The fourth is the general trend towards dematerialization, which follows a transition from an economy based on M-C-M’ to one based on M-M’. The commodity, as a sensuous object, is eclipsed by spectral electronic flow as the source of profitability (the new commodities of data or the tangled webs of financial instruments). Rentism also proceeds through the undermining of the classical image of the commodity, either through removing the status of ownership of the commodity and/or through its own dematerialization (like Disney exacting a monopoly on media, then eliminating that media’s physical status to drive consumers towards their subscription service). And this is all dependent on the ‘information revolution’, which has been intertwined with finance from the start (like the finance markets of the 70s being dependent on brand new computer technologies to synchronize activities across time zones, or finance capital being the backbone of Silicon Valley capitalism from the 2000s onwards).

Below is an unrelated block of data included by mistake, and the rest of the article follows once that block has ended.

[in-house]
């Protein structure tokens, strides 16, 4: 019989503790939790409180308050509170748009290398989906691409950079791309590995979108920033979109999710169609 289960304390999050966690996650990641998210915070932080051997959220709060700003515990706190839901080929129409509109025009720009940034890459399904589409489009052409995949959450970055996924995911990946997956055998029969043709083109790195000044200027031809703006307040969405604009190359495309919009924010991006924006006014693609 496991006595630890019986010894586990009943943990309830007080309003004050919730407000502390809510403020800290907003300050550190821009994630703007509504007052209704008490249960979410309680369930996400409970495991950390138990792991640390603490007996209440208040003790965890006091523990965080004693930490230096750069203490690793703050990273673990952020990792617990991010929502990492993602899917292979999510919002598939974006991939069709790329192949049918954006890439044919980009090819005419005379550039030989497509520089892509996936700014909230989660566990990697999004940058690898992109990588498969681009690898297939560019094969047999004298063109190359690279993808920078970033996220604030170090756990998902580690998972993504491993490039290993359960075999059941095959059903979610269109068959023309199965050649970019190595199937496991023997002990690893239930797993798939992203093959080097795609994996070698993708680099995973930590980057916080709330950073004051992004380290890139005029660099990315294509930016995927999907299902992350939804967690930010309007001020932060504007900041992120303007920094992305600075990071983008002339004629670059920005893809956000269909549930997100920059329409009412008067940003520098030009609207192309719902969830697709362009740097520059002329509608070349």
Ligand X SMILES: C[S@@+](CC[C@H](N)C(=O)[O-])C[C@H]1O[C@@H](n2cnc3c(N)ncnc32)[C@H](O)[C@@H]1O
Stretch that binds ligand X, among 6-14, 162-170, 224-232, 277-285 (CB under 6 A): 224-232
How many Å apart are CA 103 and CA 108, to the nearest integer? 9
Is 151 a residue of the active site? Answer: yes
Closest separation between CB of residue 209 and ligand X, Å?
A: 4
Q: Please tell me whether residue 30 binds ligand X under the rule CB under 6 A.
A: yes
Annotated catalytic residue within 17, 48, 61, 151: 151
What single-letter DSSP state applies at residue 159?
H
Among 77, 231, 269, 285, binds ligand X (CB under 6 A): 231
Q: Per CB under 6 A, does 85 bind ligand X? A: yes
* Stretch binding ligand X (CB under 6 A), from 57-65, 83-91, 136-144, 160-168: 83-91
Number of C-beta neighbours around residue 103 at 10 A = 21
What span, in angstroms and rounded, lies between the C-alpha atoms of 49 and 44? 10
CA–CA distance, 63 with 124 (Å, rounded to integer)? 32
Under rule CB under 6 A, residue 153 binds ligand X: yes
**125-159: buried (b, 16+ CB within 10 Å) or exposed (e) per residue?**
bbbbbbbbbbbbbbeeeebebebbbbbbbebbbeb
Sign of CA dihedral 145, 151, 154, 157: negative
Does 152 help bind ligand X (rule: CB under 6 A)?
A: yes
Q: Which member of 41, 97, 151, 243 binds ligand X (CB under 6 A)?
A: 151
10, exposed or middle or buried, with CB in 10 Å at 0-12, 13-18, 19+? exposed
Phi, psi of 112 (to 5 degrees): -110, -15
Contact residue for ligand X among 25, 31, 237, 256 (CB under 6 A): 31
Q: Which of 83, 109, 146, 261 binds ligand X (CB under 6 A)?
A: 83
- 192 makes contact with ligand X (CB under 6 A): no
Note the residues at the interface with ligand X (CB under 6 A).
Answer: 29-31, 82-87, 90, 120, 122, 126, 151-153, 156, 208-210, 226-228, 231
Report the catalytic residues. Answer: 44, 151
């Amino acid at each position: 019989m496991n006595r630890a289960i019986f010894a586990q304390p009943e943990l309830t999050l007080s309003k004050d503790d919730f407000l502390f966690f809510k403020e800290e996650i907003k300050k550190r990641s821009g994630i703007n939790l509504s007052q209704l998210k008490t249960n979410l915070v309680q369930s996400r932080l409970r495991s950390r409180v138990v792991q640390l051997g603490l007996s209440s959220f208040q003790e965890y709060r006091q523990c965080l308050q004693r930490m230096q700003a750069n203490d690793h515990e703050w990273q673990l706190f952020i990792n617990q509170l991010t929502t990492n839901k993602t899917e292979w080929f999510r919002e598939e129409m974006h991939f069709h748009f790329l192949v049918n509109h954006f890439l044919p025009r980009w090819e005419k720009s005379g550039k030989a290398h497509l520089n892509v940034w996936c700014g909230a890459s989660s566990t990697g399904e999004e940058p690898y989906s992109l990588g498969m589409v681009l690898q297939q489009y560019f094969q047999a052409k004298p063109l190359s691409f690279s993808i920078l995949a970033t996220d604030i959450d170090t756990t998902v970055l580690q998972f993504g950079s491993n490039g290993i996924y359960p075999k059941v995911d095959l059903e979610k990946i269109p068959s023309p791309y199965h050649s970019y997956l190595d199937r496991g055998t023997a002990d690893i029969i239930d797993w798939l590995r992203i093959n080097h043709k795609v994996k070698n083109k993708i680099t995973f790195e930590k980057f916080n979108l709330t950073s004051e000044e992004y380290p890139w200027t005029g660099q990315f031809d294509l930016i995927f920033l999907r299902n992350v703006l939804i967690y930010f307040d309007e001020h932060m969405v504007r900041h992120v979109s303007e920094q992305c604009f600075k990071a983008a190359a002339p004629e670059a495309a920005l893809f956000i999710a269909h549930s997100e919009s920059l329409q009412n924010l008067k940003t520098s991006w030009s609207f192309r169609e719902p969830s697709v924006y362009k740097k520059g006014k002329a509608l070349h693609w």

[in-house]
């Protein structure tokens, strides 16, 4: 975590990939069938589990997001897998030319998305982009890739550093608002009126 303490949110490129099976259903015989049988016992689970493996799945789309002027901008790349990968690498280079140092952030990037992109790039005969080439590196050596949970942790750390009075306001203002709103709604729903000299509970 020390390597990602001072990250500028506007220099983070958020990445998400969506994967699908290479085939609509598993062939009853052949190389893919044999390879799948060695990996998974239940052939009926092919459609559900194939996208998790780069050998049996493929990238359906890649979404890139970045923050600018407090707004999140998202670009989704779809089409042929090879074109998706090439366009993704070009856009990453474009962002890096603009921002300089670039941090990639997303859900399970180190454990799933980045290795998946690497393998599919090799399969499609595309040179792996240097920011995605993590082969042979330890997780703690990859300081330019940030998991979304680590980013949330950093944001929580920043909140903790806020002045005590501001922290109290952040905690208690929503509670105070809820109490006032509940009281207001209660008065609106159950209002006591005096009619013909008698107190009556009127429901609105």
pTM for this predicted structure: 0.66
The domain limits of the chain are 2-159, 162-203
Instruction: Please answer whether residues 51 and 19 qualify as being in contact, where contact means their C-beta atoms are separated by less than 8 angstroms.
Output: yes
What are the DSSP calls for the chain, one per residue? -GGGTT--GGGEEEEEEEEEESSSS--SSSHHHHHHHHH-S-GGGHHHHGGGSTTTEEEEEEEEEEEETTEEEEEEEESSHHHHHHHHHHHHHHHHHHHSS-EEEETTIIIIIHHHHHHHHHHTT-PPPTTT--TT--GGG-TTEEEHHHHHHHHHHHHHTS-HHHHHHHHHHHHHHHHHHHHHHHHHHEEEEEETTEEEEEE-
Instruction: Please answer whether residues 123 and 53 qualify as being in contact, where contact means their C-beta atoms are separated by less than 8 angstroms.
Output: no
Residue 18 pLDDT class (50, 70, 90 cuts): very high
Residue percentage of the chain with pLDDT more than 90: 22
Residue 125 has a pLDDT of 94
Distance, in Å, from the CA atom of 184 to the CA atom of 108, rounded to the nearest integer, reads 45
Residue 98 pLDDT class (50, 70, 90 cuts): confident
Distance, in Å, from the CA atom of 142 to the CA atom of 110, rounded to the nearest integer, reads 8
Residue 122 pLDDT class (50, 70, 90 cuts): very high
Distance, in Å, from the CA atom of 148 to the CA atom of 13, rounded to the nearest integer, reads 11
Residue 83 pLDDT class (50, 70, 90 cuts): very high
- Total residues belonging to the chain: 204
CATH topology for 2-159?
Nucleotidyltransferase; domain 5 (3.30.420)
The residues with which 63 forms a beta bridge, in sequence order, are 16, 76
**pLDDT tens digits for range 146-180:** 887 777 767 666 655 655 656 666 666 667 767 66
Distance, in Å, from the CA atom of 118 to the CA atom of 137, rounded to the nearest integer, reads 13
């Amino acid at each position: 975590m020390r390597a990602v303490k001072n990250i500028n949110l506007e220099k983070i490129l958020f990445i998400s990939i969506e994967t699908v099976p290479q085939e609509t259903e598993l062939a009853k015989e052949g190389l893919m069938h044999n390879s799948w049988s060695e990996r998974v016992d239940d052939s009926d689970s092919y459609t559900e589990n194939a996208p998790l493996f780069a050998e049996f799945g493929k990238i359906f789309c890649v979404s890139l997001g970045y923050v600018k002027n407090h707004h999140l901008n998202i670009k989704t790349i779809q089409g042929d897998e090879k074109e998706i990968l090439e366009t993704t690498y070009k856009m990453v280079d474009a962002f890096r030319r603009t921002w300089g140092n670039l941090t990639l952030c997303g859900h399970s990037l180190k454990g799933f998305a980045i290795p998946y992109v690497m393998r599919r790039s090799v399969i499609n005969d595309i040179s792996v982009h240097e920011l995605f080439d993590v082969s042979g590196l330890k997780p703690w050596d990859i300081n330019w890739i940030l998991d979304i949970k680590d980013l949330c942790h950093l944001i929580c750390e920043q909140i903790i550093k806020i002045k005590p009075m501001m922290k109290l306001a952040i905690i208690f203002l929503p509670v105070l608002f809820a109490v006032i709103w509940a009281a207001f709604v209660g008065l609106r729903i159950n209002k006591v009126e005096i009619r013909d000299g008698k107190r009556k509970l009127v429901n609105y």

It’s interesting to think this in relation to what forms of capitalism might be coming in the future — and your reference to the “metaverse” seems very apt. The wiki page you link says that the metaverse is a “collective virtual shared space, created by the convergence of virtually enhanced physical reality and physically persistent virtual space, including the sum of all virtual worlds, augmented reality, and the Internet”… it is precisely this that China is currently trying to build, and is at the heart of Huawei’s 5G push (I would a blog post on this a while back: https://reciprocalcontradiction.home.blog/2020/03/28/tactile-power/). In Huawei’s corporate lit, 5G will enable the creation of “Internet 2030”, a key part of which is the notion of the “tactile internet” — fully integrated VR environments in which users can experience the full range of sensory encounter. “We will advance from virtual, augmented, and mixed, immersive realities to a holographically rendered world in which communication networks will make distances immaterial”.